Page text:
Review: ‘Host’ is a Horror Film for the Here and Now
By Daniel Rester
During the COVID-19 pandemic, I’ve spent some time with friends over the Internet by playing video games, talking through video chats, and so on. But I haven’t made a film using Zoom. And I haven’t done an online seance.
That’s the core of Host, a new horror film from Rob Savage currently streaming on Shudder. He developed, produced, and released the 57-minute film all within about three months during quarantine restrictions. Savage and his cast did this using the platform Zoom and taking advantage of the “computer screen” subgenre.
Host takes place during the pandemic, with six socially distancing friends deciding to do a seance over a video chat. A few minutes into the seance, one of the friends messes up and invites an unwanted spirit into the occasion. It doesn’t take long for shit to hit the fan in each of households belonging to the friends.
Savage’s film isn’t the first computer screen feature. They have been here for a while actually, with films such as the horror flicks The Collingswood Story (2006), The Den (2014), and Unfriended (2014) and the thriller Searching (2018). But Host still feels a bit like a landmark movie. It’s timely and has brought more attention to the computer screen subgenre during an uncertain time in the filmmaking industry.
A lot of the success of Host rides on the performances. Thankfully all of Savage’s actresses turn in believable performances. With the quarantine restrictions, they also had to learn a bit about doing lighting and visual effects setups.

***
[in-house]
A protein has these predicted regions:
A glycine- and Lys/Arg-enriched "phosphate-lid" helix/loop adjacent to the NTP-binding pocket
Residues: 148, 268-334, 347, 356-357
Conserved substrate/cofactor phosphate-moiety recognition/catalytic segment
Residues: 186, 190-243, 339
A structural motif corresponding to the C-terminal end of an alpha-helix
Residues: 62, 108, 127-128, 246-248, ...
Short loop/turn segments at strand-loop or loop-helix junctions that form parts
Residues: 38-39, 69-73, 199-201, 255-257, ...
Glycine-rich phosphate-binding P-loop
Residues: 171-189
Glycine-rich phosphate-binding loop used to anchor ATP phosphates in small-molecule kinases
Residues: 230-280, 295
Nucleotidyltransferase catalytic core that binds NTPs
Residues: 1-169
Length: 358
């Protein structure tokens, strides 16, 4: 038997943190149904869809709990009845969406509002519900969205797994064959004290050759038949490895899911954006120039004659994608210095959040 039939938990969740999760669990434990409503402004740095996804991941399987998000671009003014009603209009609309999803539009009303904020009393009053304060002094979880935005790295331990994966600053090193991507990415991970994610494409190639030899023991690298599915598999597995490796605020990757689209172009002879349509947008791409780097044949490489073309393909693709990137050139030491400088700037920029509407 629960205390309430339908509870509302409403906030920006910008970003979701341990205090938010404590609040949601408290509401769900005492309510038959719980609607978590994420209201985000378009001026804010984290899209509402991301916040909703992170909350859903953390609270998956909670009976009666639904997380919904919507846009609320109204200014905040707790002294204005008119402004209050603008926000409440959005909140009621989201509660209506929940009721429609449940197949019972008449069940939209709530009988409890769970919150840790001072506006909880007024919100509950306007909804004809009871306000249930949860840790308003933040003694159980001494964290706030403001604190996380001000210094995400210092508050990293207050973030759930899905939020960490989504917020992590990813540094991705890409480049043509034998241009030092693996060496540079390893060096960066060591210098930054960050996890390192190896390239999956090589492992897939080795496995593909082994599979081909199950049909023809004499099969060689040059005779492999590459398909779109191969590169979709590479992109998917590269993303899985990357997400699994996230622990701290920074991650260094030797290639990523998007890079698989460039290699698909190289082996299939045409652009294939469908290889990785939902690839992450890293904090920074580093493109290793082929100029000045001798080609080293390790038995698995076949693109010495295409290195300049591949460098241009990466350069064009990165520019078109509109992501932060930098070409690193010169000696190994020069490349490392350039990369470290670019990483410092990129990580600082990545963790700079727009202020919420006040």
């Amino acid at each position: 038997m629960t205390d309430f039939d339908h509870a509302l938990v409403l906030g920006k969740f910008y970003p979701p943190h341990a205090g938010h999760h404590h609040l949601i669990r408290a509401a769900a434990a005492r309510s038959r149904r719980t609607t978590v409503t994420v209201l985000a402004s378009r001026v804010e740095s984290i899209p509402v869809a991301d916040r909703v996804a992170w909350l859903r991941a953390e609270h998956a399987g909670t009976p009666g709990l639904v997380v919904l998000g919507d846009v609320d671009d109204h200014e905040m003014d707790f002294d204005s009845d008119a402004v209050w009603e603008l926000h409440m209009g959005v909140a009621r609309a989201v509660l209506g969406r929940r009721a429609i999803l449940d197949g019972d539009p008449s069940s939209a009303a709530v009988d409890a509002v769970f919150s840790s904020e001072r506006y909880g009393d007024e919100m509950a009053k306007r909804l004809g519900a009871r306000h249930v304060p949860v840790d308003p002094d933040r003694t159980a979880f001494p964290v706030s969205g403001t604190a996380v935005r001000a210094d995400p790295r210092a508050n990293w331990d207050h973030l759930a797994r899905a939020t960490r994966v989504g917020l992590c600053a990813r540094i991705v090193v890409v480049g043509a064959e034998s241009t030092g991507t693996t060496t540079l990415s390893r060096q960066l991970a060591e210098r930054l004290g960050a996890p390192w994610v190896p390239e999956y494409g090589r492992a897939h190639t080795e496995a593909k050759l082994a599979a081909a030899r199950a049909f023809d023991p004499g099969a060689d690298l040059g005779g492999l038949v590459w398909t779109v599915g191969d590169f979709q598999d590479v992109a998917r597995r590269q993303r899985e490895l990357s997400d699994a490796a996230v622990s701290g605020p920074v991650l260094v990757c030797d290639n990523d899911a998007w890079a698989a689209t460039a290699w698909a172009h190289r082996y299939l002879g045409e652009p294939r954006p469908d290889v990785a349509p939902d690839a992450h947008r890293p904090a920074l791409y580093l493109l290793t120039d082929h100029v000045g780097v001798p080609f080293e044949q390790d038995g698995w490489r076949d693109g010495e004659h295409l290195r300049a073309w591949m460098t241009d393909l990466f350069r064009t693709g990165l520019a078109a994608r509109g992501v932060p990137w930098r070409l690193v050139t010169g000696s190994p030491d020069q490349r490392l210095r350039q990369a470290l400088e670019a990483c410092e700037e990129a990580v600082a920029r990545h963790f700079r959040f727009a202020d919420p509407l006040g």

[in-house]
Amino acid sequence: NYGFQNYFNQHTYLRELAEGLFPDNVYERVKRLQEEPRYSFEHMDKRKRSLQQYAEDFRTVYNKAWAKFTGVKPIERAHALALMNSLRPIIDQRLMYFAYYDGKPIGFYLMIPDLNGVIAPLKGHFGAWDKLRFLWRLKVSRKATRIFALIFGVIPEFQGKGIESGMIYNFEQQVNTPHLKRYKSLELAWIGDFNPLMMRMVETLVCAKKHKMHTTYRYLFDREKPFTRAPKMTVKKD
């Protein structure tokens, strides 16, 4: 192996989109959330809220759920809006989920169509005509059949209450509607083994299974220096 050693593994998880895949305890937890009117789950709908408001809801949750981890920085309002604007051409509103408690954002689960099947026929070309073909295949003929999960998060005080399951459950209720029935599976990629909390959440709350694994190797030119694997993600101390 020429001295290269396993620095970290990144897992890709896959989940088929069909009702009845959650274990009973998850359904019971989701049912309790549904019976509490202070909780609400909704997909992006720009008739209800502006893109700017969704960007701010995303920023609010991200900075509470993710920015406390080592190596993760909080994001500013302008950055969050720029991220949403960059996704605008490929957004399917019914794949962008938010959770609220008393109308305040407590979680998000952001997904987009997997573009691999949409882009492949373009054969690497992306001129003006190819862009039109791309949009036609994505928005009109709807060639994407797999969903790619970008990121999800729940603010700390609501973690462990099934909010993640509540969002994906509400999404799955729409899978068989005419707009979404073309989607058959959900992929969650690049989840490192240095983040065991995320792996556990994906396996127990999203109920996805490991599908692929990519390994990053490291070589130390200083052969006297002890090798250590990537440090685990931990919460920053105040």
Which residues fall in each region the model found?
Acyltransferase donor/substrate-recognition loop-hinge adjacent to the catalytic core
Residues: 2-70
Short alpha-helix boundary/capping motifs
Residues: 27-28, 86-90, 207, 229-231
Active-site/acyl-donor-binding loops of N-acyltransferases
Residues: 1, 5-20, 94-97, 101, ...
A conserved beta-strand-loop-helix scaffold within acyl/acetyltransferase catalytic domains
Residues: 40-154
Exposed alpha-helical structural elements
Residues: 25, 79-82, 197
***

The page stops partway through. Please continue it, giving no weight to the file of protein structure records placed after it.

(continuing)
Speaking of the visual effects, they are playful and entertaining. The scare tricks are mostly familiar but are done well. Things fly around in kitchens, people are dragged out of rooms by spirits, and so on. There is a fresh scare involving a face filter app, though.
Thankfully the scares come from the spirits from the seance. Savage doesn’t exploit the real-life pandemic for jumps. He just acknowledges COVID-19 for little story points, such as with characters wearing face masks while outside and mentions of quarantining.
Savage and his editor Brenna Rangott do well at cutting between the various video screens belonging to the characters. The shift in focus to certain characters is smooth through the editing and dialogue flow. This could have been a confusing mess. Instead it has a nice pace and a strong building of tension. The final twenty minutes or so are especially effective as Savage starts to scare the pants off of the viewers.
Host isn’t any horror masterpiece like The Exorcist (1973) or The Shining (1980), but it is a horror film with impact. I have a feeling it will be looked at in the future as a time capsule of the filmmaking scene during the COVID-19 pandemic. At any time it’s viewed, though, it’s an efficient chiller.
My Grade: 8/10 (letter grade equivalent: B+)
MPA Rating: NR
Running Time: 57min
USA Release Date: July 30th, 2020 (Shudder release)